Through review of current design procedures and examination of the concurrency between architectural and thermophysical design modelling, a procedure for information generation relevant to design stakeholders is created, and applied to a high-performance building project currently under development.

Findings

The extents of information key to the successful design of a buildings energy performance in relation to its architectural objectives are given, with indication of the level of development required at each stage of the design process.

Practical implications

BIM offers an extensible medium for parametric information storage, and its implementation in design development offers the capability to include BEM parameter-integrated construction information. The extent of information required for accurate BEM at stages of a building’s design is key to understanding how best to record performance information in a BIM environment.

Originality/value

This paper contributes to the discussion around the integration of concurrent design procedures and a common data environment. It presents a framework for the creation and dissemination of information during design, exemplifies this on a real building project and evaluates the barriers experienced in successful implementation.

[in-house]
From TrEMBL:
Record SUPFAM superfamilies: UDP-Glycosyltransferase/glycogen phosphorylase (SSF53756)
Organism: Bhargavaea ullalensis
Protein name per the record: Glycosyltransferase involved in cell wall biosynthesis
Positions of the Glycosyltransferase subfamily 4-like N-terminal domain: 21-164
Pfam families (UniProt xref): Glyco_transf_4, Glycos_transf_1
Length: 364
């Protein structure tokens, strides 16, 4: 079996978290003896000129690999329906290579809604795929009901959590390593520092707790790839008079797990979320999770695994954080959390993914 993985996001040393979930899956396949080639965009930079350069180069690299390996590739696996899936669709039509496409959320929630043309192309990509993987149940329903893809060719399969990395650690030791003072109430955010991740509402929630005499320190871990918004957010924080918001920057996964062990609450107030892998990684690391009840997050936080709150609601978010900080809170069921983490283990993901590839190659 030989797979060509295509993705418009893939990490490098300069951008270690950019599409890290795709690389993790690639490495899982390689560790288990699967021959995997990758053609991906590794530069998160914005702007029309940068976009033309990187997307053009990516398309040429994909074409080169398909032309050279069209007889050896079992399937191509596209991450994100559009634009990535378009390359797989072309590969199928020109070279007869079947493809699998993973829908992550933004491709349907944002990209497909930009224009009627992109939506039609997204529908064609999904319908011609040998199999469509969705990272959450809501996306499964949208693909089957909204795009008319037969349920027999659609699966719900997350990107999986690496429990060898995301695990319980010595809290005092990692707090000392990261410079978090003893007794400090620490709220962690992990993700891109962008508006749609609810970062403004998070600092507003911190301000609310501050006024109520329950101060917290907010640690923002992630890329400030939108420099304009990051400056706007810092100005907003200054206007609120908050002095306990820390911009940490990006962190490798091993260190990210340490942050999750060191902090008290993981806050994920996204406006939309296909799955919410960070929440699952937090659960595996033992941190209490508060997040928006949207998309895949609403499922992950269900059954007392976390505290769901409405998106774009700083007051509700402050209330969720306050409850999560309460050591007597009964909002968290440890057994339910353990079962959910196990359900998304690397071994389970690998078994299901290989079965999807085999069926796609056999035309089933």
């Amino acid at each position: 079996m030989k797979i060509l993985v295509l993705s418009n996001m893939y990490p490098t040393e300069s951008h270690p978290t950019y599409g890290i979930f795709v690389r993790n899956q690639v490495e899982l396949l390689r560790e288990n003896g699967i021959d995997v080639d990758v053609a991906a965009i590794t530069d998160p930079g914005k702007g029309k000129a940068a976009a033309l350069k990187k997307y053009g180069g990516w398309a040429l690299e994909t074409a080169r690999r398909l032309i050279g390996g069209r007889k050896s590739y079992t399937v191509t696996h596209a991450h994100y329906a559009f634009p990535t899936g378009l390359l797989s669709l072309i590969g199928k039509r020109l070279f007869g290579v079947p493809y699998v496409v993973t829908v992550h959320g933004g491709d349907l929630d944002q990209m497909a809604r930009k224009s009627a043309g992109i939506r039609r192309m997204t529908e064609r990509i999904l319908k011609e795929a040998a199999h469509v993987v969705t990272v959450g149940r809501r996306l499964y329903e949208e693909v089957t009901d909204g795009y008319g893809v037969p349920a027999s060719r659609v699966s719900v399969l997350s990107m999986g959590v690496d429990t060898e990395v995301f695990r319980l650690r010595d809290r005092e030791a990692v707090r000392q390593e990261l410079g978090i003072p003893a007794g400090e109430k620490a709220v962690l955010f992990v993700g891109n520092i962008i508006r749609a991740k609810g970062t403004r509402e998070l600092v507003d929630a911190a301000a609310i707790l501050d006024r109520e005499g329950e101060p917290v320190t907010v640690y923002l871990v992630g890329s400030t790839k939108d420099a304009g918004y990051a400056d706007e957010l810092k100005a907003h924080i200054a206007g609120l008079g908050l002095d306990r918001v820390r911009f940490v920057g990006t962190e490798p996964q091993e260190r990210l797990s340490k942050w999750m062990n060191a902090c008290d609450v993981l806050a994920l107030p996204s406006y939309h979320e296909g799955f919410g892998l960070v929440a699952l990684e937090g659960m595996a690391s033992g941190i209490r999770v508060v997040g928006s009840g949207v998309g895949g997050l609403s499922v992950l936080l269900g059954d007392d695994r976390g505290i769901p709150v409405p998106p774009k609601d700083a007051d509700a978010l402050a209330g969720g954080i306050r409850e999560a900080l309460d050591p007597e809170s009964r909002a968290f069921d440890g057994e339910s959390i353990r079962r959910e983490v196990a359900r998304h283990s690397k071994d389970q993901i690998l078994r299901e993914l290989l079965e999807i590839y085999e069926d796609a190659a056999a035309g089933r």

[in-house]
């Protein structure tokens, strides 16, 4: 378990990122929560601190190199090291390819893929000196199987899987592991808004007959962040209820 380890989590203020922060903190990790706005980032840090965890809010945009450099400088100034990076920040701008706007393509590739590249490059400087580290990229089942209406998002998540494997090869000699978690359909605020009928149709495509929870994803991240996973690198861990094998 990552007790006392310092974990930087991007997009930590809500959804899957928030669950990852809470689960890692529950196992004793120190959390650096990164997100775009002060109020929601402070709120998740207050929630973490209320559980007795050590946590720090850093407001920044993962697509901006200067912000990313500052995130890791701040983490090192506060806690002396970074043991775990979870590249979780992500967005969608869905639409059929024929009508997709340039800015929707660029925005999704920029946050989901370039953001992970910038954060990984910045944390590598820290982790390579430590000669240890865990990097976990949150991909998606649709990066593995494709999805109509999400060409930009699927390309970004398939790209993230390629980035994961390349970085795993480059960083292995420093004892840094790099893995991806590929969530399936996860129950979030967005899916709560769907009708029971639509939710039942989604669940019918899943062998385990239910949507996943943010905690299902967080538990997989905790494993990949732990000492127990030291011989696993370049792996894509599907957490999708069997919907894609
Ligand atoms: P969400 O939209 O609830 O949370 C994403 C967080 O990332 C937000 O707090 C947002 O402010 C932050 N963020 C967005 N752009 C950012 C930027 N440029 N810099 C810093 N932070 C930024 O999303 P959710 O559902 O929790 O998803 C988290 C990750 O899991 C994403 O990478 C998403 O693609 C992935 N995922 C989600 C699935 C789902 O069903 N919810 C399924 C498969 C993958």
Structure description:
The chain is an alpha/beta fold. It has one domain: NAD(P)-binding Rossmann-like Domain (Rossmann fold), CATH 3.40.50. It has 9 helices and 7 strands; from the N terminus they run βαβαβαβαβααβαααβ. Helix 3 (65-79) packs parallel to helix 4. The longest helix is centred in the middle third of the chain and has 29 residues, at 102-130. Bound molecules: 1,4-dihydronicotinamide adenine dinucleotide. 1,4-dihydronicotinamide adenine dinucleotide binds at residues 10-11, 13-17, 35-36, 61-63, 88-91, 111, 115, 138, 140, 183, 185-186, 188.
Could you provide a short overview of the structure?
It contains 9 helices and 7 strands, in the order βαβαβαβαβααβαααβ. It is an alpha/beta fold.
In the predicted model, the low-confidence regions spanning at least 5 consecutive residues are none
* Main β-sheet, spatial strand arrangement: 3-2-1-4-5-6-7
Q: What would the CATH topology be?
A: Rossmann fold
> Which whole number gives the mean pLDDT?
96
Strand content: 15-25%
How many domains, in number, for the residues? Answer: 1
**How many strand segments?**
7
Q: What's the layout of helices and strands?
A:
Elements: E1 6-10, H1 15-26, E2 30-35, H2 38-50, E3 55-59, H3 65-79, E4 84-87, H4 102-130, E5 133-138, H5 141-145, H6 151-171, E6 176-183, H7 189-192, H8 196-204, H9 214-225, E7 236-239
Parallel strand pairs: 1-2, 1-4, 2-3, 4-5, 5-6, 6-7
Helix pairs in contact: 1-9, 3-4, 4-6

Details

Engineering, Construction and Architectural Management, vol. 24 no. 2
Type: Research Article
ISSN: 0969-9988

Keywords

Article
Publication date: 9 May 2016

Margarida Jerónimo Barbosa, Pieter Pauwels, Victor Ferreira and Luís Mateus

Building information modeling (BIM) is most often used for the construction of new buildings. By using BIM in such projects, collaboration among stakeholders in an…

3254

Abstract

Purpose

Building information modeling (BIM) is most often used for the construction of new buildings. By using BIM in such projects, collaboration among stakeholders in an architecture, engineering and construction project is improved. To even further improve collaboration, there is a move toward the production and usage of BIM standards in various countries. These are typically national documents, including guides, protocols, and mandatory regulations, that introduce guidelines about what information should be exchanged at what time between which partners and in what formats. If a nation or a construction team agrees on these guidelines, improved collaboration can come about on top of the collaboration benefits induced by the mere usage of BIM. This scenario might also be targeted for interventions in existing buildings. The paper aims to discuss these issues.